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Thursday, March 27, 2014

2014 National Track & Field Champs - Liam Malone - The Road To Rio


Photo: Lauren Wafer-Kiddle/Faifax NZ
For those that might have missed it there was a great story last night on TV3’s 3rd Degree programme about Liam Malone New Zealand’s own ’blade runner’. Liam lost both of his legs at an early age due to a birth defect but this hasn’t stopped him from living life to the full. His is a truly inspiring story and a testament to what he has managed to achieve. This weekend he will be at Newtown Park competing in the AWD 100m and 200m sprint events for Nelson-Tasman with the goal of qualifying for Rio. He deserves our support so if you are in town this weekend head to Newtown Park  
Here is a Nelson Mail story from last year which reports on Liam's aspirations for Rio and his new running blades.

'Blade runner' Liam inspired by public's support

Sarah Dunn 11/9/2013

GAMES GOAL: Liam Malone, at the University of Canterbury, where is studying commerce and psychology. The little legs he is holding were his first-ever pair of prosthetics.

A young Wakefield athlete is well on the way towards becoming an elite amputee "blade runner" after receiving more than $20,000 toward his Paralympic dream.

Nineteen-year-old Liam Malone appeared on TV3's 3rd Degree programme last Wednesday to speak about his goal of participating in the 2016 Paralympics in Rio. The former Nayland College student was born with a condition named fibular hemimelia, which meant both of his legs had to be amputated below the knee when he reached 2.

Now studying commerce and psychology at the University of Canterbury, Mr Malone is a keen sportsman who enjoys rugby, mountain biking, snowboarding and sprinting. In order to make it into his chosen discipline, he plans to buy a $20,000 pair of carbon-fibre "blade" prosthetics that would sharply increase his speed and efficiency.

He explained that when non-amputees ran, their leg muscles naturally returned "a large proportion" of energy expended, meaning they did not tire as quickly. His current prosthetics returned very little energy, but the J-shaped blades used by athletes such as South African sprinter Oscar Pistorius would work more naturally with his body.

Mr Pistorius has the same condition as Mr Malone. Mr Malone has said that he admired the older athlete's sporting achievements despite his recent arrest for the murder of his girlfriend.

Further similarities between the two include their transition from rugby to sprinting, and both have lost their mothers. Mr Malone's mother lived with cancer for six years before passing away last year.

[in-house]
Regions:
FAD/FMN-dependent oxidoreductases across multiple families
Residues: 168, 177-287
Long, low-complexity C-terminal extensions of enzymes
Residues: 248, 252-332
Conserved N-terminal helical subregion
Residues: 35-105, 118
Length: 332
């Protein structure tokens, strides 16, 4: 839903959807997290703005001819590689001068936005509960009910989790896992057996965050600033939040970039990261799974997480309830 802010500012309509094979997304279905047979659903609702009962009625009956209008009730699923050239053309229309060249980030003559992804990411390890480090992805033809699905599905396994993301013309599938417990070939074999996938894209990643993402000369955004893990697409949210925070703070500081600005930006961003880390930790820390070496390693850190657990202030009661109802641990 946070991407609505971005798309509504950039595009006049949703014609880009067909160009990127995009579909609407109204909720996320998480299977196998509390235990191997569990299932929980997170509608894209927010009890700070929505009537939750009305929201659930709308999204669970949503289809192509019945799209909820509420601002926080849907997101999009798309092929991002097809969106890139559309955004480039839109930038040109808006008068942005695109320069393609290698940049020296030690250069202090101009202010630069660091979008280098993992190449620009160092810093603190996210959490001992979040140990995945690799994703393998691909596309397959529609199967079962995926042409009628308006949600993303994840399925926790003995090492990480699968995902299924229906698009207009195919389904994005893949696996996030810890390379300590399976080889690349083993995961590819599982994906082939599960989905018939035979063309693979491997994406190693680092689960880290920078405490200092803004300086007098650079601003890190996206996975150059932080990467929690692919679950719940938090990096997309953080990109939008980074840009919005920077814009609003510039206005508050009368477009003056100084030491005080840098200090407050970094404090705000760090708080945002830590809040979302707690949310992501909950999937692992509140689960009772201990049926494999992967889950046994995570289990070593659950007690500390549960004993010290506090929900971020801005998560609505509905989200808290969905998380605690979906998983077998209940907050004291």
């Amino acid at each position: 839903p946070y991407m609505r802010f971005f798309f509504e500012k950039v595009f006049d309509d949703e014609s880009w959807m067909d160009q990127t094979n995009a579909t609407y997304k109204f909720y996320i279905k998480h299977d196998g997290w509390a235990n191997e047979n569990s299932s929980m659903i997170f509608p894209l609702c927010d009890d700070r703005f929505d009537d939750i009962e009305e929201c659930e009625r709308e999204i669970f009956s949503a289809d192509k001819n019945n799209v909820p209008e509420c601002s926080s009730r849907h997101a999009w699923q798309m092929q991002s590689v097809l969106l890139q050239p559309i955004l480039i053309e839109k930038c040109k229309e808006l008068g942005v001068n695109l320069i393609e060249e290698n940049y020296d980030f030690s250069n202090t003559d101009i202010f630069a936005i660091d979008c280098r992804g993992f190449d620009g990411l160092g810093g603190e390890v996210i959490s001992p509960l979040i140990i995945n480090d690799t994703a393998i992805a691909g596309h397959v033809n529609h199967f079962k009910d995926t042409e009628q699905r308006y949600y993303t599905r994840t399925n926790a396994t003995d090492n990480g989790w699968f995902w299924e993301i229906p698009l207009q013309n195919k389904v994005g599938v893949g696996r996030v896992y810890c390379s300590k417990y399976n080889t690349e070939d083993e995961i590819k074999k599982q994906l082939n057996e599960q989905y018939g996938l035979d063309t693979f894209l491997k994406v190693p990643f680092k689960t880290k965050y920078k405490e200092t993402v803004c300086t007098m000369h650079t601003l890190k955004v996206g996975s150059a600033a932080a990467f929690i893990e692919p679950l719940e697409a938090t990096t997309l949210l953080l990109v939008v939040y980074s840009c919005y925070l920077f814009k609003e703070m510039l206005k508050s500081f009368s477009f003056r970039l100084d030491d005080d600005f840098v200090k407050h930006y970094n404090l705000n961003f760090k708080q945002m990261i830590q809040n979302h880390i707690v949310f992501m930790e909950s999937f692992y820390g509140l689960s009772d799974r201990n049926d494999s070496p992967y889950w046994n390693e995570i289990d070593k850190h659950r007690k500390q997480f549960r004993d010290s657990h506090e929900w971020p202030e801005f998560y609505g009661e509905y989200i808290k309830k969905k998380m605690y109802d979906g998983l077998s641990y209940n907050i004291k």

He said he expected the blades would change his running style, but he was unwilling to estimate how much faster he might end up.

"I think a lot of it will come down to individual chance."

Following the TV show's screening, Mr Malone received donations from all over New Zealand that more than covered the cost of his first set of blades. A trust has been set up to handle the overflow.

"It's pretty remarkable actually, I didn't expect how many sponsors I got. It's been inspiring and overwhelming."

He will be measured up for the blades by a technological team before ordering them through the New Zealand Artificial Limb Board in Christchurch. The process will be a new twist on a familiar theme for the teenager, who has destroyed "uncountable" prosthetic limbs during his athletic pursuits.

He expects to receive the new blades within three to five months.

Mr Malone's father Murray said the Paralympics campaign had been developed independently.
Although based in Wakefield, he is the general manager for a fruit growing and trading firm that operates throughout Asia.

"I've just come back from two months abroad and found all this, it's just fantastic," he said. "I want to give my sincere thanks to all those good people in Nelson who have donated or have called to support us over the last few weeks."

He said his son had stepped back from an earlier involvement with Paralympics activities following his mother's cancer diagnosis. He travelled to Australia as a junior Paralympian when he was 14.

The pair had had a special bond and the young athlete was badly affected by her death, but his father saw his new focus as a sign that he was feeling like his former self again.

"[Making it to Rio] is something he's very capable of doing. He's got a very determined personality."

Source: stuff.co.nz/Nelson Mail

1 comment:

  1. He is so energetic that he breaks beyond the limits of such a little physical deficiency. It's a little deficiency because a technology satisfies his aspirations in life. Indeed, he proved that a running energy can come from a determined personality. :)

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